By Tandis Taghavi
Chapter 2: The Chamber of Secrets (read Chapter 1 here)
Class of 2020!! Can you believe it? Our first year of law school is winding down. With less than 10 weeks to go, the closer we get to finals, appellate briefs being due, and oral arguments, the more it feels like walking into a colony of Acromantulas (this can be quite a sticky situation). Rightfully named the “Forbidden Forest,” its eerie roots are known to domicile these spooky creatures and mystical secrets. Aragog’s lair is considered unsafe for man, and therefore Hogwarts prohibits students from entry (beware ejectment). While trespassing onto these treacherous lands in search of the ultimate secret (how to survive law school), might delay studying for a Civil Procedure midterm, entering Aragog’s lair will make learning about affirmative defenses (FRCP 8(c)) seem like less of an intentional tort.
What is—The Secret?
Ah, at last, we are faced with the ultimate question. What is the secret behind success in law school? Do you really want to know? It is…magic (how cliché). All law students have fallen for this basic illusion. The illusion being, that your performance in law school is based on some colossal secret. If only you could just get your hands on this formula, then you too could succeed, right? Wrong.
While all first-year students spend precious time agonizing over how that one magical student got an A without a time turner (*cough cough* Hermione), you have essentially and inadvertently tricked yourself. It is all an illusion. (Hint # 5: Success in law school depends 90% on efficient time-management and 10% on hard-work). You will hear professors and students chant, “work smarter, not harder.” Rather than waste your energy on trying to figure out how Wizard A got an A or how Wizard B answered every question in every class perfectly, you should be investing that energy and time into rehearsing and practicing your own magic tricks. Secrets are our stock and trade. Without them, we cannot create the mysteries most people find entertaining and amusing.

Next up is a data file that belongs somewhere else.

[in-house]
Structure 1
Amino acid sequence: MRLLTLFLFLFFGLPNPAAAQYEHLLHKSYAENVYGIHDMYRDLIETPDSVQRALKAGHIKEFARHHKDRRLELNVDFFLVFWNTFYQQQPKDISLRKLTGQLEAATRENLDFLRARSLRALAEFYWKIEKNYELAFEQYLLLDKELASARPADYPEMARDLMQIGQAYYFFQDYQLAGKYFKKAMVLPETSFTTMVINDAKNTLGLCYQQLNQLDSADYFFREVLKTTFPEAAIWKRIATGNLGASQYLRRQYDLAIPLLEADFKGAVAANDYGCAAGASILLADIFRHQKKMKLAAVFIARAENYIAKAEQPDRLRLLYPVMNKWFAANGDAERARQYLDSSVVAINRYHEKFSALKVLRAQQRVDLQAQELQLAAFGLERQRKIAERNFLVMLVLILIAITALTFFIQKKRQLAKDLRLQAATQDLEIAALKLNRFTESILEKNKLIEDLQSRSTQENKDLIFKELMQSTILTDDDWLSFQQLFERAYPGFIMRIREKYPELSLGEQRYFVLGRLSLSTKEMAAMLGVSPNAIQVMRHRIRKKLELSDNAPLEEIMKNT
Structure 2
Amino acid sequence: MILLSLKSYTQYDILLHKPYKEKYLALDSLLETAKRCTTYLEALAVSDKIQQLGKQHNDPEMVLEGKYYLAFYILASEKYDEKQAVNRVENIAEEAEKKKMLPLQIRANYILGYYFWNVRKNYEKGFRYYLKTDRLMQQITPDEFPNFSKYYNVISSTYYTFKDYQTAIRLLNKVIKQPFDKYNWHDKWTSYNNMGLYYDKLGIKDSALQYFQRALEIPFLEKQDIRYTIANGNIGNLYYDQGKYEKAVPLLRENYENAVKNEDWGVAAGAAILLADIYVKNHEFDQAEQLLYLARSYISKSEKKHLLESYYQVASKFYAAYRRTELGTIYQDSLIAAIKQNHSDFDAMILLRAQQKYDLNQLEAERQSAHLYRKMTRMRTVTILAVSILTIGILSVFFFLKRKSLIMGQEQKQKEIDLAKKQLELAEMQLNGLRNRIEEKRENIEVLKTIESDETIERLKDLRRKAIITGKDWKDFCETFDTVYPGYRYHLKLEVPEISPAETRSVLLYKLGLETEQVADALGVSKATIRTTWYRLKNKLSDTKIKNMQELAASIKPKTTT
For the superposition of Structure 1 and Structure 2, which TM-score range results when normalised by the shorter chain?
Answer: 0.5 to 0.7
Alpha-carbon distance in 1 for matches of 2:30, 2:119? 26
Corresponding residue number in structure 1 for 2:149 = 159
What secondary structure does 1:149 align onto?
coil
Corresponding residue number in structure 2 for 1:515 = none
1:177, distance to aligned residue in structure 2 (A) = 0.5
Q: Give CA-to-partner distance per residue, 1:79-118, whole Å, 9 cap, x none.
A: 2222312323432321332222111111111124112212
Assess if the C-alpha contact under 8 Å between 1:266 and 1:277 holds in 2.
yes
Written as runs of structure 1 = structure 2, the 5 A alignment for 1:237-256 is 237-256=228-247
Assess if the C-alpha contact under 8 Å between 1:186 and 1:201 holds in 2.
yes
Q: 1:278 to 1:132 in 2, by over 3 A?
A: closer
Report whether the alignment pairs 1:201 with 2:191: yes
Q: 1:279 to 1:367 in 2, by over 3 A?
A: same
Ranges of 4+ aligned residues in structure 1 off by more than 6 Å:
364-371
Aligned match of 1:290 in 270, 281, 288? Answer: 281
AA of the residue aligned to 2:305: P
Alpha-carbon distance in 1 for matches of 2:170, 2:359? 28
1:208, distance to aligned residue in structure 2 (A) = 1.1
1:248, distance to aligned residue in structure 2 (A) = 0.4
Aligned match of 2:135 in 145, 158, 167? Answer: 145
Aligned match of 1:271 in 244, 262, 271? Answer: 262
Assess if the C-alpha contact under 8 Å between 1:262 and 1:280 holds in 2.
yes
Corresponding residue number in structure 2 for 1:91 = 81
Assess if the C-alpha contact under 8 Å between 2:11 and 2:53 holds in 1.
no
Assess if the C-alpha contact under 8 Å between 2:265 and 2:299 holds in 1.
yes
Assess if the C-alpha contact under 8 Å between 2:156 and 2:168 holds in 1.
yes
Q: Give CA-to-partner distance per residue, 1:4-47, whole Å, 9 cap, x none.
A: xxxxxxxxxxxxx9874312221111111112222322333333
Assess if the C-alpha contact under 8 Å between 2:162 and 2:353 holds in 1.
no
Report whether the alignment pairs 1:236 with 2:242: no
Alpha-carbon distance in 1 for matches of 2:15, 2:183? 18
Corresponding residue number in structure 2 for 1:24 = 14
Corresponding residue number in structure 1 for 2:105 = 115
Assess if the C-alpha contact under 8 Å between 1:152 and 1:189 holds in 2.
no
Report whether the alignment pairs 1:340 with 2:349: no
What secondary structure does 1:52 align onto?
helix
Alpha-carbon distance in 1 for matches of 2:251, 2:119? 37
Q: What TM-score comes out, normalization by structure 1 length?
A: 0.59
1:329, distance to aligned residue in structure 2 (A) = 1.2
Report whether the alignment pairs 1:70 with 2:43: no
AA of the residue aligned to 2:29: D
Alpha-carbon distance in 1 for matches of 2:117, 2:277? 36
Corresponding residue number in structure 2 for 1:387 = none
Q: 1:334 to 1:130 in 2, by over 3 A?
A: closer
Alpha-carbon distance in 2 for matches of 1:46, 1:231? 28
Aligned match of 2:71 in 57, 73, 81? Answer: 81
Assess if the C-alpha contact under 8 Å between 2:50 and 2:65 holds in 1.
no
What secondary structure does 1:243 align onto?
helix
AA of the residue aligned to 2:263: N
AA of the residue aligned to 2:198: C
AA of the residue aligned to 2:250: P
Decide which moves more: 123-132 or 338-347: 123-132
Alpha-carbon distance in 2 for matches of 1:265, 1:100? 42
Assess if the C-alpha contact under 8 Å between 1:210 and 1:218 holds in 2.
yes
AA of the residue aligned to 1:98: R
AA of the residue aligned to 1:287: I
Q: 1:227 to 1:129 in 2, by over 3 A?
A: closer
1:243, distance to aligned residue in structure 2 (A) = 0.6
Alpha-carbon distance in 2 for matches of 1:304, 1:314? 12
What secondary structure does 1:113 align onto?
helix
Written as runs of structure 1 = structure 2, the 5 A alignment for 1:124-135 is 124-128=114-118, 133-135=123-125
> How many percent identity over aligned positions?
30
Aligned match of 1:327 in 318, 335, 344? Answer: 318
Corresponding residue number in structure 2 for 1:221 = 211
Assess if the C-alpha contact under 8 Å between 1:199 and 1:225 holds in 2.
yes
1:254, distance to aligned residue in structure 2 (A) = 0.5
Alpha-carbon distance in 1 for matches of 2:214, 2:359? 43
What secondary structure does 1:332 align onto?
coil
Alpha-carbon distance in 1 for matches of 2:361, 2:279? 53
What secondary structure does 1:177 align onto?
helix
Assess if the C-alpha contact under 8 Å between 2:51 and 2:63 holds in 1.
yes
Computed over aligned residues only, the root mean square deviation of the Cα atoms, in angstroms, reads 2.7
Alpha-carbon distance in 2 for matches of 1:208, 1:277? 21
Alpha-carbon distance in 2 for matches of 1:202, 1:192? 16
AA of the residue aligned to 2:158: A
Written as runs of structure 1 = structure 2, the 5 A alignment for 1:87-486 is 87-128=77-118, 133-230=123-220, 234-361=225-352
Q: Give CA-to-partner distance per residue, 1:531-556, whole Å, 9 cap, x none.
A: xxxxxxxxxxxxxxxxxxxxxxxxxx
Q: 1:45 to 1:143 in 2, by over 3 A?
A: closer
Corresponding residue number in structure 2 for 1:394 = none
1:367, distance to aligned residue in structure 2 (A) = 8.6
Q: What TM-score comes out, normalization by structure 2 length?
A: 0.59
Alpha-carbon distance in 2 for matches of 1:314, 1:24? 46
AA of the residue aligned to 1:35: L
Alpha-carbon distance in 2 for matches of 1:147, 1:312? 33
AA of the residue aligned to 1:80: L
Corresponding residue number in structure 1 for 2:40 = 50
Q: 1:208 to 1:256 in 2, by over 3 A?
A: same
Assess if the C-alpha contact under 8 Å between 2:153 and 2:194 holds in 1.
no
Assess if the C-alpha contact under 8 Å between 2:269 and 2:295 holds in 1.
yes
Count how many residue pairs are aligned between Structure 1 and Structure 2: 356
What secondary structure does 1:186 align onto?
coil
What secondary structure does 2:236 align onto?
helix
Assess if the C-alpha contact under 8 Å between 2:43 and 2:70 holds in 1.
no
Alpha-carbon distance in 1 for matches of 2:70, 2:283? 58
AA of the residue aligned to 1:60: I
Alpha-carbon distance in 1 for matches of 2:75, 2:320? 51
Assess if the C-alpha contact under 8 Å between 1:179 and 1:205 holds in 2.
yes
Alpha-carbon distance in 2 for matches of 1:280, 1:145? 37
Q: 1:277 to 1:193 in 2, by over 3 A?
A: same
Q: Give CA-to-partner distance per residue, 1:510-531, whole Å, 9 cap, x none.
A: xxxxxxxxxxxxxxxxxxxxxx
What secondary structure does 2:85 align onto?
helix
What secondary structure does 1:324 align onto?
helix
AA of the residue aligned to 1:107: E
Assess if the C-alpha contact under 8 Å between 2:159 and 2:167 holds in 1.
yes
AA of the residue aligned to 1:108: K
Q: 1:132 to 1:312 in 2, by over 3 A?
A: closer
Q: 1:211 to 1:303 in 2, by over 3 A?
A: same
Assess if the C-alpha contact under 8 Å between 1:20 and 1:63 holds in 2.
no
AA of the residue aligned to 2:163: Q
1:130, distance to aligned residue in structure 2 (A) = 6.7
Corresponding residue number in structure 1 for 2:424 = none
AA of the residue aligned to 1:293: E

What is so Special about The Secret Anyway?
Harry and Ron gather little information from Aragog, via oral depositions, other than what they already knew: Hagrid was innocent of any harms done during the last time the Chamber of Secrets was opened. Similarly, although the law school “secret” is non-privileged, initial disclosures will not guarantee success in law school (FRCP 26(a)). As Harry and Ron demonstrate, facts and circumstances change. There is a lot of uncertainty in both law and the wizard world (Hint # 6: Do not get dismissed by a 12(b)(6) motion by making a legal conclusion; factual proof is needed to back up any allegation).
Traditional Common Law with a Hint of Creativity
The thing is, law school could use more creative people. The problem is that we do not allow for creative and adaptive thinking to flourish in our studying because we see others putting in a certain type of effort, done in a certain fashion, and we feel the need to keep up. Law school is more about deadlines, at least where the statute of limitations cannot be overcome by an amendment (FRCP 15). As long as the work product is good and the deadline is met, no sanctions will be imposed for wacky spells. Break away from patterned tradition. If you only study and approach law school in a generic way, then you will end up “petrified in the hallway,” like Argus Filch’s cat. Much like the first time Harry Potter whispered Parseltongue, you too will be surprised when you spew out legalese unknowingly.